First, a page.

A group of 14 men and women currently residing in a house in Cologne, western Germany, are competing in the country’s 13th season of the reality TV show.
The majority of the housemates have been in isolation since February 6, when news of the coronavirus was minimal. Since then, they have been cut off from updates from the outside world, except when the show introduced four more housemates on March 6, three days before Germany reported its first coronavirus death.
Defending the decision not to update the housemates on the crisis going on in the outside world, the show’s producers told German newspaper Süddeutsche Zeitung that the information blackout would only be lifted in certain circumstances, such as a family member’s illness.
They also said that “special hygiene measures” were being taken to protect contestants from infection, though they didn’t explain what they were.
After uproar on social media, Sat.1, the channel Big Brother airs on, changed its position and announced a special live episode, due to air before the regular slot at 7pm on Tuesday evening (March 17).
Housemates will be told of the growing crisis and will be given the opportunity to ask questions about the state of the nation, as well as receive video messages from their relatives.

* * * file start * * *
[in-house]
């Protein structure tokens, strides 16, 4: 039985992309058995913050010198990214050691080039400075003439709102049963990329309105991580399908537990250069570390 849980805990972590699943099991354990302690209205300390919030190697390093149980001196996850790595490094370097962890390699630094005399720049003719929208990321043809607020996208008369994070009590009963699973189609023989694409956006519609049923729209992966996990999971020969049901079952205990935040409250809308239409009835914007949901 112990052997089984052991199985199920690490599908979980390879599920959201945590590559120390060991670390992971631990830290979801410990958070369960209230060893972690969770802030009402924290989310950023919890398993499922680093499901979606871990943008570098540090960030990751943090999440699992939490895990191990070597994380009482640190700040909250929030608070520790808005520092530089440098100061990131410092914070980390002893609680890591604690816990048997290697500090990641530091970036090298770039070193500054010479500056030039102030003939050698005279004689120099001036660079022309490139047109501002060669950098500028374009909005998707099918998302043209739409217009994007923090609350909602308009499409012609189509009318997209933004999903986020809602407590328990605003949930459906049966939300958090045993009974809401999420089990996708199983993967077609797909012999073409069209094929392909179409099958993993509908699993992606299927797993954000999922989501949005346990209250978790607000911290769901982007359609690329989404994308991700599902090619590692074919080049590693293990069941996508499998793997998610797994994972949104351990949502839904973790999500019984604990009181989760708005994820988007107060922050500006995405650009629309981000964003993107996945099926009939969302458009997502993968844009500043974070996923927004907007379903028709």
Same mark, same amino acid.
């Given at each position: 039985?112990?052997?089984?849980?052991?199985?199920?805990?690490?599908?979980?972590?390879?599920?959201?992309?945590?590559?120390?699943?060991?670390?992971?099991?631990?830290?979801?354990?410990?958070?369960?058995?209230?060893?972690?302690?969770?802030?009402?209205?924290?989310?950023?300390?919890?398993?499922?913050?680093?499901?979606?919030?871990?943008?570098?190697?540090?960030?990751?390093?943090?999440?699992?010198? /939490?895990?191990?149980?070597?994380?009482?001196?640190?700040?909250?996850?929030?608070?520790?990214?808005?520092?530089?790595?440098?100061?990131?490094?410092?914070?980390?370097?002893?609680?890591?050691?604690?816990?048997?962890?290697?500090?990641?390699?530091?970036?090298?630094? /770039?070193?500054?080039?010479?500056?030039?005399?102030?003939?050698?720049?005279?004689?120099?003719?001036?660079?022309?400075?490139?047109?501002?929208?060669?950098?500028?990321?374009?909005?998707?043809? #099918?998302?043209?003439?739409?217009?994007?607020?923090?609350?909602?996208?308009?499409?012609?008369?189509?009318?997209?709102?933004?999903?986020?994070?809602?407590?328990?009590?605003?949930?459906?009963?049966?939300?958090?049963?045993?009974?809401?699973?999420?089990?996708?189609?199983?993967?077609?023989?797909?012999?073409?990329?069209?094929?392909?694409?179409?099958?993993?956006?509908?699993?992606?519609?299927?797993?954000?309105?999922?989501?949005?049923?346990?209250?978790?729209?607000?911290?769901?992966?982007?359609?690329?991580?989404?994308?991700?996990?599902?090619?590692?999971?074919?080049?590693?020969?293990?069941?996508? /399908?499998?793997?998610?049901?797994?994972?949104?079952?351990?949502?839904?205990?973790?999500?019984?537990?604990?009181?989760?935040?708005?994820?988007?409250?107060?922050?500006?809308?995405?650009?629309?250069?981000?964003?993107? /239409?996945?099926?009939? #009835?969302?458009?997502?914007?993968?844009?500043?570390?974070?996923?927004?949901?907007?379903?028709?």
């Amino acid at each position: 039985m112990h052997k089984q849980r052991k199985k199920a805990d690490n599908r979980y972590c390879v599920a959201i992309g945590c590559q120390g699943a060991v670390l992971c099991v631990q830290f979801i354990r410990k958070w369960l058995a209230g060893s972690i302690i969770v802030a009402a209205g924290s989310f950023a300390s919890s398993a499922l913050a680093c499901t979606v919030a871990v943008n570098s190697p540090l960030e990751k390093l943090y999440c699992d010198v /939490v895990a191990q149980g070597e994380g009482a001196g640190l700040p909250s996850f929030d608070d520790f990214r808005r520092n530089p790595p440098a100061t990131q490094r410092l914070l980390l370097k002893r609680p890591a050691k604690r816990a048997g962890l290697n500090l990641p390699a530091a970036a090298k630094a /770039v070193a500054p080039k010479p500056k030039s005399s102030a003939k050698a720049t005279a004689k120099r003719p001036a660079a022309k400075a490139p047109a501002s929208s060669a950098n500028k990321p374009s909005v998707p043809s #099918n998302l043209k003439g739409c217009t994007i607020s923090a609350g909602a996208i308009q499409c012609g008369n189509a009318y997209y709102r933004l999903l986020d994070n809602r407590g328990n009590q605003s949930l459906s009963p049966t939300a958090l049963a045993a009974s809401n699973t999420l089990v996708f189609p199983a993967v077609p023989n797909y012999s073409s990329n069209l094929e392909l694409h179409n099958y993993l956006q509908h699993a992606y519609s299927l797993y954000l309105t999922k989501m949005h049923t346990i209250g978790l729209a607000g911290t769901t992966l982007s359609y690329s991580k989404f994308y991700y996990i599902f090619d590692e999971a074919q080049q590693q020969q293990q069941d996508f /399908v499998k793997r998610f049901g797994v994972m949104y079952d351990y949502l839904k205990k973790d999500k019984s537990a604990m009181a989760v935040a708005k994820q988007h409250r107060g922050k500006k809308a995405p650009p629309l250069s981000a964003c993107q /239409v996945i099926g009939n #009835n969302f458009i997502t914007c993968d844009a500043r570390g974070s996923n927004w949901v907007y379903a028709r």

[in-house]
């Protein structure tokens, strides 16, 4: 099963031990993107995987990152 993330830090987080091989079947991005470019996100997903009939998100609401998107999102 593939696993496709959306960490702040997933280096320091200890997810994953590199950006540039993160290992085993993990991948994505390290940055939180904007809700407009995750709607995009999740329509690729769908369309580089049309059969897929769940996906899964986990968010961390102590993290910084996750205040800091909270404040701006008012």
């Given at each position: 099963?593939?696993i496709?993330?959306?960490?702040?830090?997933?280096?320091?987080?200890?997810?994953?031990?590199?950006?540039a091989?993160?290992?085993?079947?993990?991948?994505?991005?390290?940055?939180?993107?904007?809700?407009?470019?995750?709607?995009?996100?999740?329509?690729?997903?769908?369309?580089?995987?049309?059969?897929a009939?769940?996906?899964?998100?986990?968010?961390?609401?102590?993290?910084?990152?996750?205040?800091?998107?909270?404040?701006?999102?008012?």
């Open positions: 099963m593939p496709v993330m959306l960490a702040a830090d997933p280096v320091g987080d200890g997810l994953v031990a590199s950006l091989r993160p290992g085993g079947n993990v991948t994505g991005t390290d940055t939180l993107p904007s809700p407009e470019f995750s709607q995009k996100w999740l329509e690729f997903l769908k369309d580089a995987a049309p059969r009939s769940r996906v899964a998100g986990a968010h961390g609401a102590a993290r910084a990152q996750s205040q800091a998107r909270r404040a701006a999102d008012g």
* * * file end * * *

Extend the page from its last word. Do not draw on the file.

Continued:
Meanwhile, in his latest press conference relating to the coronavirus crisis, the Prime Minister has said UK citizens should avoid all “non-essential” contact with others as cases of the virus continue to increase worldwide.
Saying that the virus is approaching the “fast growth” stage in the UK, Boris Johnson has now urged people to avoid visiting pubs, clubs and theatres and to work from home wherever possible. Johnson said “now is the time for everyone to stop non-essential contact and to stop all non-essential travel.”
Over the past week, a whole host of gigs and festivals have been cancelled or postponed due to the continued COVID-19 pandemic.